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Looking at country and region funds in terms of fundamental portfolio attributes, there are significant valuation differences which should be appreciated when making selections.

This chart presents key data from Morningstar for 45 country and region funds, and color codes the data in comparison to the total US stock market as represented by VTI.

Attributes of funds that are more favorable than the same attribute for the total US market are shaded green. Those less favorable are shaded pink, and those with an equal attribute value are shaded blue.

With respect to number of holdings and concentration of holdings, we acknowledge that there is opportunity to outperform a benchmark through a less diversified portfolio, however, for the purposes of this article greater diversification is deemed more favorable. Readers seeking concentration would just need to reverse the color meaning for those two dimensions to get the information they want.

The full size file is large (1221 pix by 796 pix).

click image to enlarge

Some observations:

The funds in the list all have a higher expense ratios and fewer holdings than VTI (total US). Some have much higher expenses and many fewer holdings. It is important to understand that when you buy an index of a few dozen companies, you have more risk of a particular company driving results than if the portfolio has a few hundred (or even a few thousand) company holdings. Examples: FXI (China) and TRF (Russia and Eastern Europe) have only 27 holdings.

Similarly, funds with many holdings but large concentrations in a few holdings are driven more by single issue performance than funds without large concentrations. Examples: TKF (Turkey) has 83.89% of assets in the top ten holdings, and EWL (Switzerland) has 75.19% in the top ten holdings.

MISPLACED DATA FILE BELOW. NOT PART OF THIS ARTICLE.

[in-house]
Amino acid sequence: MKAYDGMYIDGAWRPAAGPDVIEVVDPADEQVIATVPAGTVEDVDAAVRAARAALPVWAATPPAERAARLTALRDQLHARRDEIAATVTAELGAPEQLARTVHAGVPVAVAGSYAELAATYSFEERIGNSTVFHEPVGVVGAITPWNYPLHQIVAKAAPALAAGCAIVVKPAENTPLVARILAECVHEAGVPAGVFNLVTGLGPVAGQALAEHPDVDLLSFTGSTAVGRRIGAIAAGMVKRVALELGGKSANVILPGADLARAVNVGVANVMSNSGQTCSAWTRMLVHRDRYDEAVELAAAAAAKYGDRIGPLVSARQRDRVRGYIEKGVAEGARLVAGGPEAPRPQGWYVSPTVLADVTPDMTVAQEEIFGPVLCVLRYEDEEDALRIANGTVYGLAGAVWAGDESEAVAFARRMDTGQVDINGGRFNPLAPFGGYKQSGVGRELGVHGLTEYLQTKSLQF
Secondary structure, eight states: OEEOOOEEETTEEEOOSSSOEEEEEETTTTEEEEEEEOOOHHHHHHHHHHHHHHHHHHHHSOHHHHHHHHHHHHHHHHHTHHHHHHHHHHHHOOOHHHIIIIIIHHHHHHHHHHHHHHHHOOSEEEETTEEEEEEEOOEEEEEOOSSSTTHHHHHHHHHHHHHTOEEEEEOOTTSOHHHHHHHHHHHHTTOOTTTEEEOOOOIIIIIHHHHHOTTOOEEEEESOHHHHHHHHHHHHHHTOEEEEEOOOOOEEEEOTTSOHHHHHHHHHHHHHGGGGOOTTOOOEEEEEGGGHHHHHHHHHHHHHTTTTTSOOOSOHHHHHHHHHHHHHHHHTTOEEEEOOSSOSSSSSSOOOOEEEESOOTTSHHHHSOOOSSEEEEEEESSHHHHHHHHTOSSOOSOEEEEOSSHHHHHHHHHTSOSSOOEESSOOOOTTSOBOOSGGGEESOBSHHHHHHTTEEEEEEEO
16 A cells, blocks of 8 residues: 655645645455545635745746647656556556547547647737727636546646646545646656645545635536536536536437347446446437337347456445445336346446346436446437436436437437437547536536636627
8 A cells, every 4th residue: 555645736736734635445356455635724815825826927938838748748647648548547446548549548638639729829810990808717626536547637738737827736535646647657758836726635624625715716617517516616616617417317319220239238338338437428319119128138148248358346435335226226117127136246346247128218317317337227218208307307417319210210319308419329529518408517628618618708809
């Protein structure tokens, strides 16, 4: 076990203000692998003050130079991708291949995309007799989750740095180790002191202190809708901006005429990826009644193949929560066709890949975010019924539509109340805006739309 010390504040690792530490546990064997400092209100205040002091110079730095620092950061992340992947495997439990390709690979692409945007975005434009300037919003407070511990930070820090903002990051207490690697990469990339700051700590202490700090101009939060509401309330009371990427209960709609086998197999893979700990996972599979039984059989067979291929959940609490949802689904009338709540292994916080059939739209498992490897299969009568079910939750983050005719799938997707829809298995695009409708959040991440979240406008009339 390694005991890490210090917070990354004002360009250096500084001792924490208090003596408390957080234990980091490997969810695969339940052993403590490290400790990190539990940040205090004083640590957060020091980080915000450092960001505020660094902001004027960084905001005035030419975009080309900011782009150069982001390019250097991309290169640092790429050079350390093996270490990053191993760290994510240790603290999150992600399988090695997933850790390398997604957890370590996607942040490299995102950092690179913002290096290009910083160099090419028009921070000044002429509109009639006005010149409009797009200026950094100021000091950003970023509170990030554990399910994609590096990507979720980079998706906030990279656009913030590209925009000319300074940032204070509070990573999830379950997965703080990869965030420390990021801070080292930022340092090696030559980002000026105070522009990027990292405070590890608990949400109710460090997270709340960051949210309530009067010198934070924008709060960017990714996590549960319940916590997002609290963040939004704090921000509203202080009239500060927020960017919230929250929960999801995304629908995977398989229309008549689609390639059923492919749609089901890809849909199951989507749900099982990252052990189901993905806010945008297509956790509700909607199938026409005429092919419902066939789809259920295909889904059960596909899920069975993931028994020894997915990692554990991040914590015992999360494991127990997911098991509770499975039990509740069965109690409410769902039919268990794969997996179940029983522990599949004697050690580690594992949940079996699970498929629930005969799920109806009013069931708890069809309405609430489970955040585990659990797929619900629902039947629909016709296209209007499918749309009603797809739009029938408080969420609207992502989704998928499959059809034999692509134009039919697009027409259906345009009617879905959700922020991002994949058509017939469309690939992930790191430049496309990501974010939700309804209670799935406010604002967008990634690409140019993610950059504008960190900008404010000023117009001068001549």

Most of the funds have higher 3-year total returns than the US, but also have higher 3-year standard deviation of return (volatility and range of returns). Examples: US had a -7.4% return with 19.5% standard deviation, whereas FXI (China) and EWZ (Brazil) have approximately 19% returns and approximately 40% standard deviations.

Emerging markets of all sorts have dramatically outperformed the total US stock market year-to-date, as have some developed markets, such as EWA (Australia), EWO (Austria), EWK (Belgium), EWH (Hong Kong), EWS (Singapore), and EWD (Sweden).

On a trailing yield basis, there are greater opportunities than the total US market, but when year-to-date return is considered the list is shortened to these that have a higher trailing yield and a higher YTD return: VWO (emerging markets), EWZ (Brazil) EWM (Malaysia), EWW (Mexico), TRAMX (Middle-East & Africa — mostly GCC), EZA (South Africa), EWT (Taiwan), THD and TTF (Thailand), EWA (Australia), EWO (Austria), EWK (Belgium), EWH (Hong Kong), EWS (Singapore), EWD (Sweden) and EWU (United Kingdom).

If you want better 3-year returns as well, these countries drop off the list: EWO (Austria), EWK (Belgium) and EWU (United Kingdom).

If you seek lower volatility as well as higher yield and YTD return, the list goes to none — with opportunity comes risk.

Funds with substantially more favorable price-to-sales and price-to-cash flow ratios with at least moderately more favorable forward P/E estimates are: ISL (Israel), TRF (Russia & Eastern Europe) and TUR (Turkey). Toss in geopolitical risk issues and the list goes to none.

Staying on top of portfolio attributes such as these may be helpful to you as part (but not all) of the information you consider about choices for your portfolio.

Note also that data sources often provide different information about the same thing — sometimes errors, sometimes differences in data definition. Checking more than one source and getting as close to primary sources as possible is important as you narrow your choices approaching a risk commitment decision.

Disclosure: we own some funds named in this article.